Hernandez has taken pains to encourage new foreign investment. His aim is to better develop industries, such as call centers, textiles and various facets of the tourist sector.

The economy has maintained an average of 3.5% growth, over the last 5 years.

President Hernandez is also working with the leaders of El Salvador and Guatemala, in making Central America more economically competitive, in the area of trade.

Portions of the country remain primarily rainforest.

Yet, the ineffective regulatory edifice still does not encourage entrepreneurship and the cost and time to form a business, is quite burdensome. Labor regulations and the continuation of price controls over major sectors of the economy, stifle innovation.

An additional onus concerns property. Near 80% of the privately held land in Honduras, is either improperly titled or not titled at all. Resolution of ownership rights often takes years to resolve,because of the corruption and weakness of the judicial system.

The government has made headway with reforms in education. The quality of teaching has improved measurably and students are now spending 225 days a year, in the classroom.

Tegucigalpa, the capital of Honduras

The President also continues to fund a program known as Vida Mejor (Better Life). This government sponsored plan, helps with housing construction assistance, replacing roofs, filters for drinking water, and other household needs.

The problem with the many of the improvements put in place by President Hernandez, is the increased control he is exerting over the very government structures and institutions, he is reforming.

Although security is moderately better under his administration, it comes at the cost of heightened military control, throughout the government and society.

The electoral commission and more worrisome the judiciary, are increasingly being seen as susceptible to presidential influence and interference.

A modern highway in Honduras.

Voters in Honduras have become frustrated with the ongoing political corruption and disorder from the top positions in government, right down to the local level.

Since the toppling of Zelaya in 2009, there have been three different Presidents, with another election due in November.

The coup has virtually broke the political system, that was put in place, once the military dictatorship gave up power in 1981. From that time forward, the government was basically shared between the conservative National Party, which took turns in power with the Liberal Party.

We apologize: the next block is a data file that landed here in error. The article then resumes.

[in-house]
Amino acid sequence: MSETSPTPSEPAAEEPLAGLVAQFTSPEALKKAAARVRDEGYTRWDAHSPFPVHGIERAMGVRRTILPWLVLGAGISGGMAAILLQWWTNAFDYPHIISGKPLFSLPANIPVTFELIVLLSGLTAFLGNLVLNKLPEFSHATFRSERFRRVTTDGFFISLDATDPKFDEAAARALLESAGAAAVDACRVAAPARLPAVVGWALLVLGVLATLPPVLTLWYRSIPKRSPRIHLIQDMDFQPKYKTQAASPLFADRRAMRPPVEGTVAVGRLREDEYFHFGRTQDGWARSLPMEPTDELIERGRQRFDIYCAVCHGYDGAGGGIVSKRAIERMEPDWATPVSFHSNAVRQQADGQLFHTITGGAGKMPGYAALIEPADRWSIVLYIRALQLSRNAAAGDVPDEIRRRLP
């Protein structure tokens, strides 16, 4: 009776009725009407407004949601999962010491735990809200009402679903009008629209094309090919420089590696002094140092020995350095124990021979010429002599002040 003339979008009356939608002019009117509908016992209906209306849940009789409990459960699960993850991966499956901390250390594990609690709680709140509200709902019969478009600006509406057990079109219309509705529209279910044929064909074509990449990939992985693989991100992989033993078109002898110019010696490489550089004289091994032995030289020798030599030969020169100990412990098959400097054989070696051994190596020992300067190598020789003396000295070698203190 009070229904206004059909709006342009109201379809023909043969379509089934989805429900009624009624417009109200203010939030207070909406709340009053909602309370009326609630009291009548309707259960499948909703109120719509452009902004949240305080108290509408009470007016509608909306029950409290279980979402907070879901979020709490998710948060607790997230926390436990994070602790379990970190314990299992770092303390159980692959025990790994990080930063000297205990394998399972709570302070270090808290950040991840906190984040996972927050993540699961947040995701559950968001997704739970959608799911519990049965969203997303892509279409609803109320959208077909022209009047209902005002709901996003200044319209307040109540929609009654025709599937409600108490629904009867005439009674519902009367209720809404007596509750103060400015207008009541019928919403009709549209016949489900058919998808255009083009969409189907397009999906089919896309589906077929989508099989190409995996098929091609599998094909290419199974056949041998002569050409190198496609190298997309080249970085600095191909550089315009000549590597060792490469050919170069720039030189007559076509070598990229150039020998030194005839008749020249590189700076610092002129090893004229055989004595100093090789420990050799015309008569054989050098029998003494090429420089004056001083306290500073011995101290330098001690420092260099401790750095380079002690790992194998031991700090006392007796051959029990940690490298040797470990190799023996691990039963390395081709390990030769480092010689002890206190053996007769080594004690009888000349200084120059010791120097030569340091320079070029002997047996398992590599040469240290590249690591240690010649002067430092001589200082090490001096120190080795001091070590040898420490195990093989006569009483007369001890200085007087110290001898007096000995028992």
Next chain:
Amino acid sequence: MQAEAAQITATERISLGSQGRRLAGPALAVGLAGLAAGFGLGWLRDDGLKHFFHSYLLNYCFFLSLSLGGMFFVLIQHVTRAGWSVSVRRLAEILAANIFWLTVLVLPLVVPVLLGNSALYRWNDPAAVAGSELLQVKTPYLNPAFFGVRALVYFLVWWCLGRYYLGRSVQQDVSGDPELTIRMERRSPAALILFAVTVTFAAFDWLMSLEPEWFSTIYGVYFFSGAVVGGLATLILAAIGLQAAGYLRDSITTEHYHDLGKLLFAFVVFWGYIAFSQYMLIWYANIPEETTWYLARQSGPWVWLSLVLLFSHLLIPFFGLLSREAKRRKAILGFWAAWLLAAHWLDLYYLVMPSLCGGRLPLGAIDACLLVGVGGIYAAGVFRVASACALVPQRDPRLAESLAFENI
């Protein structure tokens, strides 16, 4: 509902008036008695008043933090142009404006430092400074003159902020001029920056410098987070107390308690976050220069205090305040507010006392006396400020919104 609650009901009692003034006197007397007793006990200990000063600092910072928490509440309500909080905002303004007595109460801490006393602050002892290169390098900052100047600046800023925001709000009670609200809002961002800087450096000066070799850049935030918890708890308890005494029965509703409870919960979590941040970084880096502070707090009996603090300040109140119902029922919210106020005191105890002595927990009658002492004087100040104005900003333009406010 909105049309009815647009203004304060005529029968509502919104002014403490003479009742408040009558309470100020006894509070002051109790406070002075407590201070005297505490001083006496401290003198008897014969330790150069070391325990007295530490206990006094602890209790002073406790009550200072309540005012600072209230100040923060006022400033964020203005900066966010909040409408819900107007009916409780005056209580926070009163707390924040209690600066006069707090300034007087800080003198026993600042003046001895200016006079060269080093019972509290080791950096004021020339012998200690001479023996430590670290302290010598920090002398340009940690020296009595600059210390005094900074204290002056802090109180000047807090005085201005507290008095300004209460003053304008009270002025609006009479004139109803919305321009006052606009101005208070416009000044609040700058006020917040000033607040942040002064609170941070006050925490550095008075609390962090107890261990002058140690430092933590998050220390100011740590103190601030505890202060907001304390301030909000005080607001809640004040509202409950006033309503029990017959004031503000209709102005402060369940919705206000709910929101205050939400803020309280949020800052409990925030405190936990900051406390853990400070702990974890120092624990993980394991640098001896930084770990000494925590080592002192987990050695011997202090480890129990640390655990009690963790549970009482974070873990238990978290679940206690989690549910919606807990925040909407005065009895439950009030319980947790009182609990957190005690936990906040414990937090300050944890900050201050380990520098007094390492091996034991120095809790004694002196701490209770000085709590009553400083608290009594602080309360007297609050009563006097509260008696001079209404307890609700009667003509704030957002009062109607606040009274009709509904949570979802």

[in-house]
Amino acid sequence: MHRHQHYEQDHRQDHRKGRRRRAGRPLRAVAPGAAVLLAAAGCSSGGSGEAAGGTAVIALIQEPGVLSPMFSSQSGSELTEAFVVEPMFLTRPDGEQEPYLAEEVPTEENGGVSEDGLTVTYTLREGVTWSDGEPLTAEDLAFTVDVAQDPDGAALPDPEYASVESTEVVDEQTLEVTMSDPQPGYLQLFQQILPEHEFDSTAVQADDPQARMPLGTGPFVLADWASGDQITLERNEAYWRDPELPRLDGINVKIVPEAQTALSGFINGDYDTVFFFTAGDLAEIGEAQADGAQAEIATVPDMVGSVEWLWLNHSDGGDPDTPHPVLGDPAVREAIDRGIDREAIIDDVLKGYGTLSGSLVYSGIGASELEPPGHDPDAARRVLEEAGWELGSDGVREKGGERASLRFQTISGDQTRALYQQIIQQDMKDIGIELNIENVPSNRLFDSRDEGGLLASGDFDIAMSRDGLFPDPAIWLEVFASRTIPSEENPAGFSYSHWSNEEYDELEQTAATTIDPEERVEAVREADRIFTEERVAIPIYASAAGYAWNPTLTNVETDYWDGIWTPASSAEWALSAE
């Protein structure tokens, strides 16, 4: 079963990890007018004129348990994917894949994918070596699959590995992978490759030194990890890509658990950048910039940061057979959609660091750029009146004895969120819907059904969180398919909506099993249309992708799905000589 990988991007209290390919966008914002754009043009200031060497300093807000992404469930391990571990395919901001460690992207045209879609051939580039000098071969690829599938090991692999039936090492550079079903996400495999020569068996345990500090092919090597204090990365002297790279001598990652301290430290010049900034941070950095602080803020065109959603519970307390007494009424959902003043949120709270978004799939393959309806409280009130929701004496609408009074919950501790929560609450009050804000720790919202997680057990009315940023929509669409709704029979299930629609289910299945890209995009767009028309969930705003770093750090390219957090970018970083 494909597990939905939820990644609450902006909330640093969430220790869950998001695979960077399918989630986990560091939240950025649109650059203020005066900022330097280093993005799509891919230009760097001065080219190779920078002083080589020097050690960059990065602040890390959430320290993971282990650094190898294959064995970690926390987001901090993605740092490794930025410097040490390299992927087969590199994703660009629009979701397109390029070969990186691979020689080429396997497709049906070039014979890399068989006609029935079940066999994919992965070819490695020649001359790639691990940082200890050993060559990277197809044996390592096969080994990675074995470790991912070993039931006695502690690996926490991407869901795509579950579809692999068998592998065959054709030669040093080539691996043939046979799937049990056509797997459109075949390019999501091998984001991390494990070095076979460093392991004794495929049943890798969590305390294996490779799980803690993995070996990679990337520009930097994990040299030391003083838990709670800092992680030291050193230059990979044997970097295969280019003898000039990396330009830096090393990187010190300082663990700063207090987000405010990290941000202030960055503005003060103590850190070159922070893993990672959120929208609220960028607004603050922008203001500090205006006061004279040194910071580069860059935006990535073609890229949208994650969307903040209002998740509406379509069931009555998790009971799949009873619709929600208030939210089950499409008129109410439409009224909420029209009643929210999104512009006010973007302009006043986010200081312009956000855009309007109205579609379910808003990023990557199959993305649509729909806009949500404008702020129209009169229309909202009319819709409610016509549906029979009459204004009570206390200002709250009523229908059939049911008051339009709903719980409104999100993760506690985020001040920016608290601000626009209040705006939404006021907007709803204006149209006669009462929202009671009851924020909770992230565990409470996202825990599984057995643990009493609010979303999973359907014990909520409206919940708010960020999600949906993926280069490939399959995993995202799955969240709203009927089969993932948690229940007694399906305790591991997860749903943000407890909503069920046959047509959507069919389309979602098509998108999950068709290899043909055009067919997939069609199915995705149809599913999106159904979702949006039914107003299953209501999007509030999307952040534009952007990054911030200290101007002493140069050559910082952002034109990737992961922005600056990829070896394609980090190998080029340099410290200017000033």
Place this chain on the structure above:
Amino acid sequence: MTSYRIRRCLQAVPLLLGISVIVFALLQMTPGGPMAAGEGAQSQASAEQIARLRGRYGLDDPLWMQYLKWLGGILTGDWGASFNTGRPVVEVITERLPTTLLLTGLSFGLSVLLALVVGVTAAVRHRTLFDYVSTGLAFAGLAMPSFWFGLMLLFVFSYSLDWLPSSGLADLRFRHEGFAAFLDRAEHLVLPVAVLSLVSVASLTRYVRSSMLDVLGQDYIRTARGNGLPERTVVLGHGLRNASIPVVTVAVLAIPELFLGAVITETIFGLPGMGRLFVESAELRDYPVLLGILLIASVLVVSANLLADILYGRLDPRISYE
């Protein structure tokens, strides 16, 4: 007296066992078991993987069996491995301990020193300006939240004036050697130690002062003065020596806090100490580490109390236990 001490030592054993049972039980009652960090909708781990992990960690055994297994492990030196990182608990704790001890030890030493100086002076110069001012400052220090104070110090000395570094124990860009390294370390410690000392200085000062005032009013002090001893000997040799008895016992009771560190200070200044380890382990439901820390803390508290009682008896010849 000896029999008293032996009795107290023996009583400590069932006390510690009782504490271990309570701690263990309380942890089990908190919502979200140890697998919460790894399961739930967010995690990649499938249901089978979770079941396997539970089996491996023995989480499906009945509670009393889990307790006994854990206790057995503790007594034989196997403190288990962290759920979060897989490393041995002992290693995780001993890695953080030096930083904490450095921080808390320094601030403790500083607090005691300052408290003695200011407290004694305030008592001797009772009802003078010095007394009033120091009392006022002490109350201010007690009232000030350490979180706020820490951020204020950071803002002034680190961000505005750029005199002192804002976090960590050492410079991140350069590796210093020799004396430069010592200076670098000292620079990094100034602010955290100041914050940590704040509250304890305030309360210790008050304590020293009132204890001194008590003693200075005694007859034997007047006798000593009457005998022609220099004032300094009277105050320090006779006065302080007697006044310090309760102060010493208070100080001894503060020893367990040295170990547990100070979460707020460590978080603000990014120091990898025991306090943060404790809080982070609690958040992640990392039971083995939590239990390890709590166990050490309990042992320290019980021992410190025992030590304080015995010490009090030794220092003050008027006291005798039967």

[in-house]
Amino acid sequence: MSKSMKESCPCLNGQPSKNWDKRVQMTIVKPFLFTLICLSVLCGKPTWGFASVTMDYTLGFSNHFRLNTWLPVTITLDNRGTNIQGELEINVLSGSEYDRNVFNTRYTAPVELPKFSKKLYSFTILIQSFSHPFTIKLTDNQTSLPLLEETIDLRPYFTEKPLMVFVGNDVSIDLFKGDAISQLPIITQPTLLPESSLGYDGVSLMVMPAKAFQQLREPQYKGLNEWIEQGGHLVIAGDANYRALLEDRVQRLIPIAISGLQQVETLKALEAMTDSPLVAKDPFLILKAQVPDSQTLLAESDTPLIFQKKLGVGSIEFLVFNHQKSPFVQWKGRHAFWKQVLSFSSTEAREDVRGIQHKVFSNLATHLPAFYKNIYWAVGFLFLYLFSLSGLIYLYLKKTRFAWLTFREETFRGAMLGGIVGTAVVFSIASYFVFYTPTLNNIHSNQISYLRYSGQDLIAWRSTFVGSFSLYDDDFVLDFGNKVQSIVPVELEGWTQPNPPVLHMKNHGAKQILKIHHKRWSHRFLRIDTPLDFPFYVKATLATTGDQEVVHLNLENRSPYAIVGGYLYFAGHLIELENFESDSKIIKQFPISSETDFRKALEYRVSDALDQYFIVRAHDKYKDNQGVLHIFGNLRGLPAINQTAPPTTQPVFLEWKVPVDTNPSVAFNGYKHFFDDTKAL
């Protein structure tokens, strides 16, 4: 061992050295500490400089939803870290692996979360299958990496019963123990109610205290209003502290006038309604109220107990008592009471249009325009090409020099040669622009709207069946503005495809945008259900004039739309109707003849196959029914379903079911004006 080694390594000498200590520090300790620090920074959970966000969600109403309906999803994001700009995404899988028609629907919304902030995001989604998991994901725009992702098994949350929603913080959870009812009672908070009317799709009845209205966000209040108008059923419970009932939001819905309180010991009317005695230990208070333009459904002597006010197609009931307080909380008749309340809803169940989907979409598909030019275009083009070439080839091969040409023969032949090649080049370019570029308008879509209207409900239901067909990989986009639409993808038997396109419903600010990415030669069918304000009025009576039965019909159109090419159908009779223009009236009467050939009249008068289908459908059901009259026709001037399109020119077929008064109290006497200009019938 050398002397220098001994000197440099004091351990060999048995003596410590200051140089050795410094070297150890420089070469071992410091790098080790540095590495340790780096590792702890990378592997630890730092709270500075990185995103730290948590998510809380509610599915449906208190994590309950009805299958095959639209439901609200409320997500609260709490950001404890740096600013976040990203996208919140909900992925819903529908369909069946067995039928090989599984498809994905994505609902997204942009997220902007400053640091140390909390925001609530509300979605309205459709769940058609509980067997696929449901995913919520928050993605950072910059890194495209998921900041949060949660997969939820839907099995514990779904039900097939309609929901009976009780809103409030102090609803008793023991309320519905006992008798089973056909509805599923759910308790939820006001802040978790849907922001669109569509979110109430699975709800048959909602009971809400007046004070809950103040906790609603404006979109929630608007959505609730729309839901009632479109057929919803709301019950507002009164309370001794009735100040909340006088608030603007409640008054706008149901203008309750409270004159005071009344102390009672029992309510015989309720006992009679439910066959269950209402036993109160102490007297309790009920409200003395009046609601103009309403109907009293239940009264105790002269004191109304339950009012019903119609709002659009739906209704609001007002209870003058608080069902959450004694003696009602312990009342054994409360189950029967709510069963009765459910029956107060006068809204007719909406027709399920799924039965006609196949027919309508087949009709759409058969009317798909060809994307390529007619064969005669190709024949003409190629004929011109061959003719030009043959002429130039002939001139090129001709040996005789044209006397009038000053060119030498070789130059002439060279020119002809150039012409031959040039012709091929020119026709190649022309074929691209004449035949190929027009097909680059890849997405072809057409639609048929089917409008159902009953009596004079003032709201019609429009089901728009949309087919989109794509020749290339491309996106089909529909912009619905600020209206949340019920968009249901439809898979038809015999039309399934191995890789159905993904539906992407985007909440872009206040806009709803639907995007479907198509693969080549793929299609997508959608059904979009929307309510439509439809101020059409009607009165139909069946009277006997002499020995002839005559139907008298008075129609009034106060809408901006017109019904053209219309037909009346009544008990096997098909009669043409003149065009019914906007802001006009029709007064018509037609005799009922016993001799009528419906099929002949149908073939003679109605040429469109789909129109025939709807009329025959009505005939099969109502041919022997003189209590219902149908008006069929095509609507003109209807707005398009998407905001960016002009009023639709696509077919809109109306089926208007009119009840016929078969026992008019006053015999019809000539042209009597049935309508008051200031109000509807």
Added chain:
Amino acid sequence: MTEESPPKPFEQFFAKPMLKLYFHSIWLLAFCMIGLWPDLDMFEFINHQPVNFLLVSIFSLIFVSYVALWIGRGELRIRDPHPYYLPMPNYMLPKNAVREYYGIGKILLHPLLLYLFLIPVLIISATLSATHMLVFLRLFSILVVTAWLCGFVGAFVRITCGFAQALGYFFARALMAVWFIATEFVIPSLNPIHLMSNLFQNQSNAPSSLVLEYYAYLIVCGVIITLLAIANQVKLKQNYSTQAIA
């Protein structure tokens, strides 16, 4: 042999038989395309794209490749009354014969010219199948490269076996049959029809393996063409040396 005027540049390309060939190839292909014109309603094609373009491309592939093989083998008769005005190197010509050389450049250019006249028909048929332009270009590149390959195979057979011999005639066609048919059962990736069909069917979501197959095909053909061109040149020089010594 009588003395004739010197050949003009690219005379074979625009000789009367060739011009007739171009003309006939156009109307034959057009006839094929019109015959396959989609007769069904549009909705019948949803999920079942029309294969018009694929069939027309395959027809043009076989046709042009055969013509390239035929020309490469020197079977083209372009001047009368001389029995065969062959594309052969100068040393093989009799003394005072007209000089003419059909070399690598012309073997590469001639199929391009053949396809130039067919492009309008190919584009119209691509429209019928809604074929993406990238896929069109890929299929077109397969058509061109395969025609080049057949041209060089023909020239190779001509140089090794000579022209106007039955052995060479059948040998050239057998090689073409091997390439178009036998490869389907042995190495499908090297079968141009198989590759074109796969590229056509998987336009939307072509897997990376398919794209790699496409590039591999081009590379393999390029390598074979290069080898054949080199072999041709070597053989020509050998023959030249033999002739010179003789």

Former President Roberto Micheletti

The liberals until the time of Mr. Zelaya, had never promoted policies, too far in opposition to the conservative position.

The overthrow of Zelaya split the Liberal Party. Some liberals ended up supporting the coup, while others created a new party known as LIBRE.

After Zelaya was sent into exile, Roberto Micheletti finished out the presidential term from June of that year through January 2010. The 2009 general election was held in November and Porfirio Lobo succeeded to the presidency, the following year.

54th President of Honduras Porfirio Lobo Sosa

As an example of the continuous corruption, during the Lobo Presidency, close to $300 million USD was stolen from the social security system. It was taken by a number of individuals and companies. Even now, the former president’s son, is on trial in New York for illegal activity.

Last month as part of the testimony in the aforementioned trial, a former member of a drug trafficking gang, claimed he had met with President Hernandez’s brother. The purpose of the meeting was to get him to use his influence, in having the government pay debt owed to a company, used by the gang to launder money. The brother of the President has denied, there ever was such a meeting.

President Hernandez himself, is under a cloud of suspicion. In the fraud scandal involving the theft of social security funds, a relatively small amount of the money, ended up financing the President’s election campaign. Hernandez insists, he was unaware of this fact. The revelation of this money trail led to protests and demands for his resignation, already back in 2015.

Xiomara Castro

Another hurdle for the President in the upcoming election, is that nearly two-thirds of the voters oppose re-election. They do not favor the decision made by the courts, to permit it to become legal.

The upcoming November election will have three candidates in the presidential race. They are President Hernandez the conservative, the socialist LIBRE politician, Xiomara Castro and Luis Zelaya from the Liberal Party. It is important to note, that the underdog in the race Ms. Castro, is the wife of former President Manuel Zelaya.

The challenges for Honduras are still immense. The ongoing high levels of violence, money laundering by drug cartels, and general governmental corruption, continues to undermine the economy. It also damages the international image of the country, which makes it far more difficult to attract much needed foreign investment.